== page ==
Market design changes alone won’t cut our dependence on fossil fuels, solve nuclear reactor issues or prevent droughts hitting hydropower generation, writes Jean-Michel Glachant. But good design can protect consumers, secure supply and help decarbonise, he argues.

Jean-Michel Glachant is a Professor at the Florence School of Regulation (European University Institute).

While energy turmoil affects the global economy, only Europe is fighting a multi-headed beast of high inflation, a high-stakes threat to our security and both its electricity and gas markets under considerable stress.

Despite the emergency measures adopted over the past months, there remain concerns for this winter regarding energy security, rising energy poverty and the impact on European industry. And the next two winters could be just as bad, if not worse.

Over the past 18 months, electricity market reform has sometimes been hailed as a silver-bullet. In fact, a reform of electricity markets can only help if the root causes of the crisis are also addressed and if the objectives for such reform are made clear upfront. Beyond short-term fixes, the reform should also facilitate the clean power transition and ensure the market is ready for 70% renewables in the EU’s electricity mix by 2030.

To fix the electricity market, we should know where the market has failed. Let us be clear: market design changes alone won’t cut our dependence on fossil fuels, solve nuclear reactor issues or prevent droughts hitting hydropower generation. These are all factors that have pushed up prices in the past year.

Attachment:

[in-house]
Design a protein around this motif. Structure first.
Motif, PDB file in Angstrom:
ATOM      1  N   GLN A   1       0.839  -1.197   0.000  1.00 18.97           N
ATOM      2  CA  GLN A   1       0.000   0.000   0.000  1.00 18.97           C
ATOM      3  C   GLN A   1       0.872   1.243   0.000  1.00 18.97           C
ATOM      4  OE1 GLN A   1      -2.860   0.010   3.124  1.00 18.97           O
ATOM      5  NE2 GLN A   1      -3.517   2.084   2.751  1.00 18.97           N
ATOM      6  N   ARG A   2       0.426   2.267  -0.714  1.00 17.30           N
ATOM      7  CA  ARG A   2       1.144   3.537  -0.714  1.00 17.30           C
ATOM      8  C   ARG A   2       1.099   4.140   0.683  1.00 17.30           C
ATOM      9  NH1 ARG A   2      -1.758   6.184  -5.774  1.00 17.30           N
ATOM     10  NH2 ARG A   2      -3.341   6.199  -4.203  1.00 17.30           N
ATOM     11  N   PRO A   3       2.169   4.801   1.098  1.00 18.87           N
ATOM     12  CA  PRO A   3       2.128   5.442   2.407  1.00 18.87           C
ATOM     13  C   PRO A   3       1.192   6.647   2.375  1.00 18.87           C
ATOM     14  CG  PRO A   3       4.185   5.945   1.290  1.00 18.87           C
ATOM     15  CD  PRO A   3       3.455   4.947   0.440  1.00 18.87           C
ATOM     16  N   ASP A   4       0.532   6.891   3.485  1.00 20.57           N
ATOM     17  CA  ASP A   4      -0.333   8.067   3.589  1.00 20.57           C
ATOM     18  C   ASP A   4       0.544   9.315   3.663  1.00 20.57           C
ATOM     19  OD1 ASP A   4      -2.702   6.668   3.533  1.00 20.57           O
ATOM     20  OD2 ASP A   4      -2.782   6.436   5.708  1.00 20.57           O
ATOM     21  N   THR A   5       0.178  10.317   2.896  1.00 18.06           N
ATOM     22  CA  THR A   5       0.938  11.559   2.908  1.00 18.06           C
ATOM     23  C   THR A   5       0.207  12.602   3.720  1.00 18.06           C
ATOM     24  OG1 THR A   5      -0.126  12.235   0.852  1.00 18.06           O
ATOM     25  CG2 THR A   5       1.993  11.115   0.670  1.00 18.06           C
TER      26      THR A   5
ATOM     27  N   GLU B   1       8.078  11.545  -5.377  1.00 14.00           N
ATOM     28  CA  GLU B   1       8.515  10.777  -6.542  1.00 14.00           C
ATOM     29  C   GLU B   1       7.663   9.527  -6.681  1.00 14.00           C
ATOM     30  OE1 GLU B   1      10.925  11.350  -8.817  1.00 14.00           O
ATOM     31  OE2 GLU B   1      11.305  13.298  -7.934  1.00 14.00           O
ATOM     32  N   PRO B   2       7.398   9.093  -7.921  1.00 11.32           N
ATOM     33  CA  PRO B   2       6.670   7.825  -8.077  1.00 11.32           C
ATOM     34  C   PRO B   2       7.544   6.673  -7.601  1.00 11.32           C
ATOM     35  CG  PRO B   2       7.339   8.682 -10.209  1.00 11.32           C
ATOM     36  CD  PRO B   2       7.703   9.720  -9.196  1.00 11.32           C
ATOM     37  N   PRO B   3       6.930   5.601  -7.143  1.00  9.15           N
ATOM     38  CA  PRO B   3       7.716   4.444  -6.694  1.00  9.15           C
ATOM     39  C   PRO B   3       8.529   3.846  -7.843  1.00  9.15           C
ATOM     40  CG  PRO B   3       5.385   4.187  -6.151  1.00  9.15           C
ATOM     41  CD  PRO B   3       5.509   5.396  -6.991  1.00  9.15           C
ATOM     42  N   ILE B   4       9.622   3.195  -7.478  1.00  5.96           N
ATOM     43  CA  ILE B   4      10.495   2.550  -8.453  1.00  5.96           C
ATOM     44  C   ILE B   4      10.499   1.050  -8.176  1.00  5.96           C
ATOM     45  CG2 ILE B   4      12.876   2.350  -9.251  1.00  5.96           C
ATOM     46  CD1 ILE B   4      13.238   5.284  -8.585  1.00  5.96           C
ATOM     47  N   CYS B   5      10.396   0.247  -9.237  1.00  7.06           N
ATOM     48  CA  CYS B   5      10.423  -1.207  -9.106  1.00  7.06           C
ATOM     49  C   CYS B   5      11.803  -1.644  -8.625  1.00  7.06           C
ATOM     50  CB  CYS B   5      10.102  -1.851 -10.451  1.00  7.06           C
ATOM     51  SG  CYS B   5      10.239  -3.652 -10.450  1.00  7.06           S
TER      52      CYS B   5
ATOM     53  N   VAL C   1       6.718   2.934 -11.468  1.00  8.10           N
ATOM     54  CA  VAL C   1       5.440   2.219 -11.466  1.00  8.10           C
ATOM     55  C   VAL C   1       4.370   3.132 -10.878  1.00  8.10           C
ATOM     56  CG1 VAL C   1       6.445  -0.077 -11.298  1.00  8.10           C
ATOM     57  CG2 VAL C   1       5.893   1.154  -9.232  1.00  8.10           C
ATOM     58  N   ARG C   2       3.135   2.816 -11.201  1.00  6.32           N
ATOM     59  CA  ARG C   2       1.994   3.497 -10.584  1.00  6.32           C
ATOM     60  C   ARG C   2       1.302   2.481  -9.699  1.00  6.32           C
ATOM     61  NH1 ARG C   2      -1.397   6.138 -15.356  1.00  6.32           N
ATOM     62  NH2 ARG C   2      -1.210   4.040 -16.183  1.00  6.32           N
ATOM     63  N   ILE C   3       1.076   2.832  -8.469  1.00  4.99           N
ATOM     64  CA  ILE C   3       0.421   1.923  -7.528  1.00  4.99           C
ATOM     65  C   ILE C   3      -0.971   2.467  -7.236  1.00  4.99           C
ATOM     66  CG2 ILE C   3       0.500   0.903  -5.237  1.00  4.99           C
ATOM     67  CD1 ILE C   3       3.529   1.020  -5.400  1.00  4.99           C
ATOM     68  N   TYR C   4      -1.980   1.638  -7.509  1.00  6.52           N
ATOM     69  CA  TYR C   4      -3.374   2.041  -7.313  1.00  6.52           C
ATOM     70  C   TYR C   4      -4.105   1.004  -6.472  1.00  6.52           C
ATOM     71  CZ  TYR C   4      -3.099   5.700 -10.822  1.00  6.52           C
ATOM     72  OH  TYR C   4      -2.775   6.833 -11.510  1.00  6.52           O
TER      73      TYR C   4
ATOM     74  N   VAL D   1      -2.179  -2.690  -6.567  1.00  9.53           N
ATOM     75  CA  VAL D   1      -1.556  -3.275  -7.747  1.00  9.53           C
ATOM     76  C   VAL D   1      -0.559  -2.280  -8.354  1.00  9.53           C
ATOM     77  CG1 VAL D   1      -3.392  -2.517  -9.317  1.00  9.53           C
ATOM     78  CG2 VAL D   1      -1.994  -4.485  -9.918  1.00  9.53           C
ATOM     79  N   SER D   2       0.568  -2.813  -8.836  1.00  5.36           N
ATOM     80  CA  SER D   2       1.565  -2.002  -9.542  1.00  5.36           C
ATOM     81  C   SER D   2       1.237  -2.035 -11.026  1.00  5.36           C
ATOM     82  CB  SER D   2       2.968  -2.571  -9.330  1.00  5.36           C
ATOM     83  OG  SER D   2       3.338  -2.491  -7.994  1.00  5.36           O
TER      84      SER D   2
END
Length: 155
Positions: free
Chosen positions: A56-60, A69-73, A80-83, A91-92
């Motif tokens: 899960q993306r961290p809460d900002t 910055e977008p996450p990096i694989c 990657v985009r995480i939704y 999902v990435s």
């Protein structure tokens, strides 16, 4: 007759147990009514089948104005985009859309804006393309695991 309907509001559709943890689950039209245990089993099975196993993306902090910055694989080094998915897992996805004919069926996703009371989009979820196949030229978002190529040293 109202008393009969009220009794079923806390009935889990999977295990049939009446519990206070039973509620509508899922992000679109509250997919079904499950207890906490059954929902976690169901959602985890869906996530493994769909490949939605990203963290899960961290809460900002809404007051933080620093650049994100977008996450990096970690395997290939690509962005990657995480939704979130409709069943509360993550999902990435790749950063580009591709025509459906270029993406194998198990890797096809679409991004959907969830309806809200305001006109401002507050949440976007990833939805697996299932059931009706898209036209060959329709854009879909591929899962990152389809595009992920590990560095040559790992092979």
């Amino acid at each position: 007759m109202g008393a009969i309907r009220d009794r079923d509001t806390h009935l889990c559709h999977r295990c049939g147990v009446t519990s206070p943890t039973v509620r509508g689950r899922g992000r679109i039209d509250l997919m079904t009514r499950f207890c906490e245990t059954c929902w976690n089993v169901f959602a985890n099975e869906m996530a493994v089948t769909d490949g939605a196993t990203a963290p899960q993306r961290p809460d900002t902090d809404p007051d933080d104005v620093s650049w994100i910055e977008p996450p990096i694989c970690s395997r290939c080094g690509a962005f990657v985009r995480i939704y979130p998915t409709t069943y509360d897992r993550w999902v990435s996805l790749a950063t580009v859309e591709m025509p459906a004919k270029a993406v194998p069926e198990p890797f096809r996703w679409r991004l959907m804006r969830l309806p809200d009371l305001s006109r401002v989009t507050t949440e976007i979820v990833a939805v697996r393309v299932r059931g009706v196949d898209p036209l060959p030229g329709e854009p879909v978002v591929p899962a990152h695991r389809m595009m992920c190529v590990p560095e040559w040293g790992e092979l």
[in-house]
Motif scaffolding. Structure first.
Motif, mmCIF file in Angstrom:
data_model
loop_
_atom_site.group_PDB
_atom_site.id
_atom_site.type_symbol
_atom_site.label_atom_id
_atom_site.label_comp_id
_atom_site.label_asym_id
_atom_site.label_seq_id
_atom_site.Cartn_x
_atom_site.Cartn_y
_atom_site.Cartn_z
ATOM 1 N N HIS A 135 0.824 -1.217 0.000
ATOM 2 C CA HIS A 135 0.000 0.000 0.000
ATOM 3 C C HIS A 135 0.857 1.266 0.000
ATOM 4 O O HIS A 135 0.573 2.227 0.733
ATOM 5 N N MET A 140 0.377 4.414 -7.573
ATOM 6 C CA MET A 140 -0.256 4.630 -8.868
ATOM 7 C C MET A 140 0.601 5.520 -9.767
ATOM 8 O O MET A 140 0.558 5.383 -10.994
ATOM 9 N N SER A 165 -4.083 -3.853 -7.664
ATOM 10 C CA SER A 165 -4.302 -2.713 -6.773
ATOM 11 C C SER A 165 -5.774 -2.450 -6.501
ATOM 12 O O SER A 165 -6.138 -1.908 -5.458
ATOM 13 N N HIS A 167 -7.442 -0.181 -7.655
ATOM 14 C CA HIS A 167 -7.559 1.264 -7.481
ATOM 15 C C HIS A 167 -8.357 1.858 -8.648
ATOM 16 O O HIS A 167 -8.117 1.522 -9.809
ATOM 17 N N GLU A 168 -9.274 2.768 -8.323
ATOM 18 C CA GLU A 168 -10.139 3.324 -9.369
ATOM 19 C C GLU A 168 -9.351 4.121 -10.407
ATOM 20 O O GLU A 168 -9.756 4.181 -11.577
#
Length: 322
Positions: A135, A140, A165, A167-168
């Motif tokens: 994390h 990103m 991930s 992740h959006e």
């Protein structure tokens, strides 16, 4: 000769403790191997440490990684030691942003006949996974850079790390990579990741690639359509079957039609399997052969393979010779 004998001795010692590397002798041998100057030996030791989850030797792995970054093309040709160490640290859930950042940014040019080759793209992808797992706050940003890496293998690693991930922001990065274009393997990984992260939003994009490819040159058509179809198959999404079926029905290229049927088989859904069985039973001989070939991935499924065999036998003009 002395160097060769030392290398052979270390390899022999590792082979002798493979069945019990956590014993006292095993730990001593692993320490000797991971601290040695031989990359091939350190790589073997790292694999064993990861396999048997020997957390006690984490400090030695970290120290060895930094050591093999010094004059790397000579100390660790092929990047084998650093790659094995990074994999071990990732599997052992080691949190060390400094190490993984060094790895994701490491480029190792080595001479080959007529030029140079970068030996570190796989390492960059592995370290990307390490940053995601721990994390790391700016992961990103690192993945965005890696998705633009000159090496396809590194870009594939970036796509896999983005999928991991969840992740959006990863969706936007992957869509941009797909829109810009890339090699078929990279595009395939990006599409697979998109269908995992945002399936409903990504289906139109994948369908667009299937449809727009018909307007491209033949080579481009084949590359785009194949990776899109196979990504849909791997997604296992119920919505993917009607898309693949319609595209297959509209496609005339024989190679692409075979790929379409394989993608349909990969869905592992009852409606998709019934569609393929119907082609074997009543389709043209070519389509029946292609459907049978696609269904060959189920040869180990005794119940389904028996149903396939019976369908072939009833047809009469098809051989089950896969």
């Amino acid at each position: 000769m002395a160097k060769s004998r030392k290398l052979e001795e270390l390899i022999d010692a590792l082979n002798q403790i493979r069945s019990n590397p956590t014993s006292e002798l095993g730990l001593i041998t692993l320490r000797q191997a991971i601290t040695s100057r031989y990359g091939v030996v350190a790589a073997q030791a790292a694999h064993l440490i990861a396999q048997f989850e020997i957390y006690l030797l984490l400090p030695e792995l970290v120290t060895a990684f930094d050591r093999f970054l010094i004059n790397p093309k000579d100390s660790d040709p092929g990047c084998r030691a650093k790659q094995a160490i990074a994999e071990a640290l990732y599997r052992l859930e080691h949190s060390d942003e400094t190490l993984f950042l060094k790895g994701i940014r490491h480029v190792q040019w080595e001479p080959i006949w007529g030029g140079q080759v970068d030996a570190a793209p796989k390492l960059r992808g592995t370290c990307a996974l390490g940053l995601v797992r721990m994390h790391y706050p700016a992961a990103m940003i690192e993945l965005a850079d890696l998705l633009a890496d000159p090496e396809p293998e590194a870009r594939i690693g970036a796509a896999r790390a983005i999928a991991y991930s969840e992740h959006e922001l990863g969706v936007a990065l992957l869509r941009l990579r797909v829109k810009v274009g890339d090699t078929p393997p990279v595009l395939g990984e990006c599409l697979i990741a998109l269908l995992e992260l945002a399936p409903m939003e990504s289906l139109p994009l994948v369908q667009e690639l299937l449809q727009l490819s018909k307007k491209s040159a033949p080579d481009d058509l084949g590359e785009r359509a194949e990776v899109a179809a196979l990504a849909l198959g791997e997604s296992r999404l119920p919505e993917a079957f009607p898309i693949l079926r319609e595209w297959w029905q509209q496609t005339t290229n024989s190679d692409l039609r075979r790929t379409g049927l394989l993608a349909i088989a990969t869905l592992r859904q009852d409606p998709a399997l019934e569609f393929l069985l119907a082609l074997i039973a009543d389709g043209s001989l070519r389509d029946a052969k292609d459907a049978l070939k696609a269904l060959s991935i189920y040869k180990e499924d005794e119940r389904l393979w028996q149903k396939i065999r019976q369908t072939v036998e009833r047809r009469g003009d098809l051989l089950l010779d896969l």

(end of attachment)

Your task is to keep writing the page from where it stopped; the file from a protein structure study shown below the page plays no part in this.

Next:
In the short-term, the most effective response is thus to reduce gas and electricity demand, and to shield the most vulnerable end consumers by temporarily “decoupling” retail prices from wholesale prices. Leaders will also need to protect the parts of European industry facing strong competition from the US or China.

To navigate the crisis in the longer term, policymakers should triangulate their positions based on three guiding priorities: protecting consumers against price shocks, ensuring energy security, and rapidly decarbonising power systems.

Where can electricity markets help? First, electricity markets can offer better price insurance mechanisms for energy suppliers and consumers. A robust long term hedging market would protect from price shocks and avoid using taxpayers’ money for huge bailouts.

Second, other long-term contracts will give the necessary security for investments in renewable power generation, now the cheapest source of power, through “Contracts for Differences” (CfDs) and “Power Purchase Agreements” (PPAs). This will put Europe more firmly on the path to decarbonization and increase EU price stability.

Third, it is high time for Europe to invest in its power system flexibility and resilience. This means giving sufficient incentives to the relevant technologies and processes such as dispatchable peak generators, storage assets, demand flexibility.

Ten years ago, the EU was debating capacity remuneration mechanisms. Back then, the main concern was to avoid mothballing gas-fired power plants in a context of low energy prices. It is now clear that we cannot rely mainly on fossil fuels for our energy security. We need “resilience remuneration mechanisms” that put Europe on track for a fully decarbonised and fully secure power system.

Europe’s energy system is one of the best in the world, and it is uniquely integrated. Today’s crisis would be far worse if our countries were not able to trade electricity with their neighbours. These are incomparable strengths to withstand the crisis and accelerate the energy transition.

A future-proof electricity market should offer protection against fossil fuel-driven insecurity and price shocks, speed up the transition to a clean power system and a decarbonized economy, and maintain EU unity and solidarity. If EU leaders follow these cardinal points for both short-term fixes and structural changes to the market design, they can defeat the hydra and get the electricity market reform right.

Crisis Electricity Energy Europe European commission